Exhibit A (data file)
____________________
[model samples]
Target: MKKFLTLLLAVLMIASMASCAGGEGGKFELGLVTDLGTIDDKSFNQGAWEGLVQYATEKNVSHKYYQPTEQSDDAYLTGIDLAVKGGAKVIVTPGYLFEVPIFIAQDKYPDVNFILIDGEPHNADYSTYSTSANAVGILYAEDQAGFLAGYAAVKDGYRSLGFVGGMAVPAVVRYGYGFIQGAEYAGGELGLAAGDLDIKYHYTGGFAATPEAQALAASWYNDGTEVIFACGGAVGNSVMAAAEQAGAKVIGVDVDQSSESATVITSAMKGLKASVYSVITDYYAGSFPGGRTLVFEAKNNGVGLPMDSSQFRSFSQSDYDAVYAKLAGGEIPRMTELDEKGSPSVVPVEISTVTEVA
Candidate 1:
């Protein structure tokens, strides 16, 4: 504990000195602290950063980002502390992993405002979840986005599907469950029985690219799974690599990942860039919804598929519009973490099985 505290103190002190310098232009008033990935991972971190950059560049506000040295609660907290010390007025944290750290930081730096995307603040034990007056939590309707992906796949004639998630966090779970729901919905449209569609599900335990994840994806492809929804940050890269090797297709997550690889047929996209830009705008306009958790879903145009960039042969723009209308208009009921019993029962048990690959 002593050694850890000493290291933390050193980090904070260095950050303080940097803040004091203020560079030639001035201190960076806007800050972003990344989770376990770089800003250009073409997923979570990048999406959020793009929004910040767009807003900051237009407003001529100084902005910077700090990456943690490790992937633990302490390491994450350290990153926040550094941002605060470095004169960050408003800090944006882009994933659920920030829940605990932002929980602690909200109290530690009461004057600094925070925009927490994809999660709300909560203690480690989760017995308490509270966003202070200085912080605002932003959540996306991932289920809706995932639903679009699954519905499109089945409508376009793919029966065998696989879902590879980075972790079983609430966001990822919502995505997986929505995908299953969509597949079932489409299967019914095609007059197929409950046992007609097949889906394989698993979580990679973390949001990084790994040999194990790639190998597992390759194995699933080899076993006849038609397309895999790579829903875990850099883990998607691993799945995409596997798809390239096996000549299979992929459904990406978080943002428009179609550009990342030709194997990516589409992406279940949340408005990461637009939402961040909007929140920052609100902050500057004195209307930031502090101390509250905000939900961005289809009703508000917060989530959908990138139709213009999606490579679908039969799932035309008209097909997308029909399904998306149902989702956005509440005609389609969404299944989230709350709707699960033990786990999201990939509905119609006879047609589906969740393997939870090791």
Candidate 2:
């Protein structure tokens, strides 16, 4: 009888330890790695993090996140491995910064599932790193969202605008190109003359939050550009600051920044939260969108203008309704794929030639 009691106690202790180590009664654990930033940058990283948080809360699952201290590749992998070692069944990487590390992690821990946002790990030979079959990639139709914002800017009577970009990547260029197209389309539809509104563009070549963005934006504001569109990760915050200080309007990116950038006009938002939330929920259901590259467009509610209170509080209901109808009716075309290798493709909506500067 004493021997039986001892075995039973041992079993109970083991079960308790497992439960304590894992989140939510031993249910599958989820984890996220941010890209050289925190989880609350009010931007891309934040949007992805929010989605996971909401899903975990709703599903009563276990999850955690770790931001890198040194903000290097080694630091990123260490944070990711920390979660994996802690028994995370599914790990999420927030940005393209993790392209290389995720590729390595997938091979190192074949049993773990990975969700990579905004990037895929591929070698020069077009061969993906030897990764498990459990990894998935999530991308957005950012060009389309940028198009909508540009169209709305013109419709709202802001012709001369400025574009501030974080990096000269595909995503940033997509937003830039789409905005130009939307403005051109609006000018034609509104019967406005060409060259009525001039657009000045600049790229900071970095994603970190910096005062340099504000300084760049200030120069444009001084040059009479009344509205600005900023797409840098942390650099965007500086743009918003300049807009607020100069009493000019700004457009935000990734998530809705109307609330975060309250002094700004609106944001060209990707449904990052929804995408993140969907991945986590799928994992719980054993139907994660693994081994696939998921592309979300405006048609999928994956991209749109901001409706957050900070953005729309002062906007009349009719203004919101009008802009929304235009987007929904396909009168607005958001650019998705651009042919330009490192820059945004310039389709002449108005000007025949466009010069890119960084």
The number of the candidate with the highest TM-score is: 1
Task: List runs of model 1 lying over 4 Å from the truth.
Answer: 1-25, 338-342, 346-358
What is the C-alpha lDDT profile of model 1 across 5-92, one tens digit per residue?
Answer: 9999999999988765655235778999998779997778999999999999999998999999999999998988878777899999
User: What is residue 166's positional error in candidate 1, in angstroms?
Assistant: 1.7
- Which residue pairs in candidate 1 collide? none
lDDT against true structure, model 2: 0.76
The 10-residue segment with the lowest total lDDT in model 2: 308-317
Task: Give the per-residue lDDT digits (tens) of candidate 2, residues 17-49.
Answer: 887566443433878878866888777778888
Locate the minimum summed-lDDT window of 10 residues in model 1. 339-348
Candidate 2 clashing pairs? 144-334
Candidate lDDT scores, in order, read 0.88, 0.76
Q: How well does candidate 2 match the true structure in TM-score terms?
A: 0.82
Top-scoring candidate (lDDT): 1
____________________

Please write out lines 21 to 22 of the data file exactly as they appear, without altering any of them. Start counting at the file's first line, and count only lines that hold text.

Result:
Candidate lDDT scores, in order, read 0.88, 0.76
Q: How well does candidate 2 match the true structure in TM-score terms?